First quarter of 2013 driest at Tahoe in more than 100 years |

First quarter of 2013 driest at Tahoe in more than 100 years

Adam Jensen
Keith Swanson, chief of the division of flood management for the California Department of Water Resources, left, and Frank Gehrke, chief of the California Cooperative Snow Surveys, measure the snowpack near Echo Summit Thursday. Adam Jensen / Tahoe Daily Tribune

TAHOE/TRUCKEE — A monthly snow survey near Echo Summit got off to an inauspicious start last Thursday morning, with surveyors still able to see a hole punched into the snowpack from February’s measurements.

“Most of the snow on the ground is what fell back in December,” said Frank Gehrke, chief of the California Cooperative Snow Survey program, during the survey at Phillips Station, near the entrance to Sierra-at-Tahoe Ski Resort.

The water content of the statewide snowpack was at 52 percent of its April 1 average. The Phillips Station survey site had just 37 percent of its long-term average water content for this point in the year, according to the data gathered.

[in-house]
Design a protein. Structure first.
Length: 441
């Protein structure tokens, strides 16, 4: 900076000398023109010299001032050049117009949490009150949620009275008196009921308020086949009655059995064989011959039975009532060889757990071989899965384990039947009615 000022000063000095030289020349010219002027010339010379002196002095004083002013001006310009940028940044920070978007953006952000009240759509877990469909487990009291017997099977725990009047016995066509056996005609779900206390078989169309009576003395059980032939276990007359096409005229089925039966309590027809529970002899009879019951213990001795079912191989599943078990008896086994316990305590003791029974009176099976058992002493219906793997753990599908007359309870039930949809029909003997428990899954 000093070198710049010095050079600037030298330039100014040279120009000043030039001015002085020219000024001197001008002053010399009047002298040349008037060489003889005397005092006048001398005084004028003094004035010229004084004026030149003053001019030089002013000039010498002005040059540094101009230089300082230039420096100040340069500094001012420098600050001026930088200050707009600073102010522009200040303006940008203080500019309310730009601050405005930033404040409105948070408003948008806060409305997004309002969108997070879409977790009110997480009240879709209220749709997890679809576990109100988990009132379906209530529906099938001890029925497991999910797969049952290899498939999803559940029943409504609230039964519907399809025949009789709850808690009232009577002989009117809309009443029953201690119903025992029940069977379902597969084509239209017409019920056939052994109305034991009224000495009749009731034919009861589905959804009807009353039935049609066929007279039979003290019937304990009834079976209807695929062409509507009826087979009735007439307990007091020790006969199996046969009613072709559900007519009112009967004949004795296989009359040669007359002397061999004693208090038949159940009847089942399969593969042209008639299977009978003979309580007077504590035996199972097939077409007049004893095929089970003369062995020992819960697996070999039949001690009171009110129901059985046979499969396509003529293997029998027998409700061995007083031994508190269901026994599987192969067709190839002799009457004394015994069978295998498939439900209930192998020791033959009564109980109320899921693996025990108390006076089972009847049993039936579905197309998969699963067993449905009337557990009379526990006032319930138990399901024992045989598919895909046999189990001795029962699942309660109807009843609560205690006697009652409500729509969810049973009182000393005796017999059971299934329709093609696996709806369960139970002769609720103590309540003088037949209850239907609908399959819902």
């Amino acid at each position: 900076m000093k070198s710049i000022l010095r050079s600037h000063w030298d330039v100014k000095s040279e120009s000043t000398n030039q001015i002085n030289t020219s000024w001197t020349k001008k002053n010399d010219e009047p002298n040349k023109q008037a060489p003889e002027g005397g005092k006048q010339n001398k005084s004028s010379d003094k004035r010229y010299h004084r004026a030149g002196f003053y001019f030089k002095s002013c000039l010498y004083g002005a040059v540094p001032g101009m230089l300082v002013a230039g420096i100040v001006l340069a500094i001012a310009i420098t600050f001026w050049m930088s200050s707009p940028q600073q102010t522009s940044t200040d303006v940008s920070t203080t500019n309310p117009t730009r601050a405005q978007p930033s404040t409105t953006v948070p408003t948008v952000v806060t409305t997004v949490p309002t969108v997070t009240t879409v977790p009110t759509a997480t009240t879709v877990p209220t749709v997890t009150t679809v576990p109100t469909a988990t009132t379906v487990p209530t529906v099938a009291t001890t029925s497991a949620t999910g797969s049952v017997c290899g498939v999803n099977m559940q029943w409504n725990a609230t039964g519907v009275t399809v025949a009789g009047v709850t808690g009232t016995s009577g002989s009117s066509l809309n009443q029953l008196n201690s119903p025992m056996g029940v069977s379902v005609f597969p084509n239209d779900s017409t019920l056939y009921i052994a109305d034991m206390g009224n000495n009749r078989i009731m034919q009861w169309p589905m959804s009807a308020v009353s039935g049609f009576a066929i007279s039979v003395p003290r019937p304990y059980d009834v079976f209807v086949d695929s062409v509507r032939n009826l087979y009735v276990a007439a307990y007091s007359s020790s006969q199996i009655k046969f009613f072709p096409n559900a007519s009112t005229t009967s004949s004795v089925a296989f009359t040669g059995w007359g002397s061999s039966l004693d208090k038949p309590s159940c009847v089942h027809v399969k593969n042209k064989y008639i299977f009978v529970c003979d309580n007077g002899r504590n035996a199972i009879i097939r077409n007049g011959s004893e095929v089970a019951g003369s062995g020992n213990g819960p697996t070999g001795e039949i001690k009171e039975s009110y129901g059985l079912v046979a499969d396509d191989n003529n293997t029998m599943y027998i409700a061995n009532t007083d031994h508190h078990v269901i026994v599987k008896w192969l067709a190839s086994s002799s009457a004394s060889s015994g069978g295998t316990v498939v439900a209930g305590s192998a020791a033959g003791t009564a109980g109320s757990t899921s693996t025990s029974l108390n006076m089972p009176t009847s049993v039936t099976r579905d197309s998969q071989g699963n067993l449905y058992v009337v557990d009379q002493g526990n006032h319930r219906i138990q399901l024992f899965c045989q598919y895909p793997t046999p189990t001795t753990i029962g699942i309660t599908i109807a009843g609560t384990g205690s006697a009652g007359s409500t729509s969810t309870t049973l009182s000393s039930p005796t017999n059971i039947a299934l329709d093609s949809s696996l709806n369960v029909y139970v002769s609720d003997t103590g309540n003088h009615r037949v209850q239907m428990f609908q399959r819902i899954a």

January through March 2013 has been the driest January through March on record for much of the Sierra Nevada range, Gehrke said. Records go back to at least the 1920s, he said.

Last week, the National Weather Service in Reno anticipated the driest three-month start to any year on record as measured at Tahoe City.

This week, updated graphs from NWS proved that prediction correct, with Tahoe City seeing just 2.68 inches of precipitation during the first quarter of 2013, making it the driest period since records were kept in 1910.

“A storm the last few days of March brought some much-needed precipitation to the Tahoe Basin; however, it was not enough to avoid being the driest January-March in over 100 years,” according to the graphs.

Tahoe City averages 16.2 inches of precipitation for the time frame. Up until now, the driest January through March for the community was in 1976, when 3.62 inches of precipitation fell, according to the weather service.

November and December storms built water in California’s snowpack up to 134 percent of average by the start of January, but high-pressure systems then became extremely persistent and blocked large storms from coming of the Pacific for much of the winter, Gehrke said.

The snow surveyor expected minor storms this month, but wasn’t hopeful for a miracle April.

“What we’ve got right now is what we’re going to get,” Gehrke said.

He said it would take about 22 inches of rain — or approximately 18 feet of snow — in the next month to catch the state up to historic averages. Snowfall of that magnitude would be “way beyond what we’ve ever seen,” Gehrke said.

Rain and snow showers are possible in the Lake Tahoe Basin through this week, according to NWS, but snowfall is expected to be limited.

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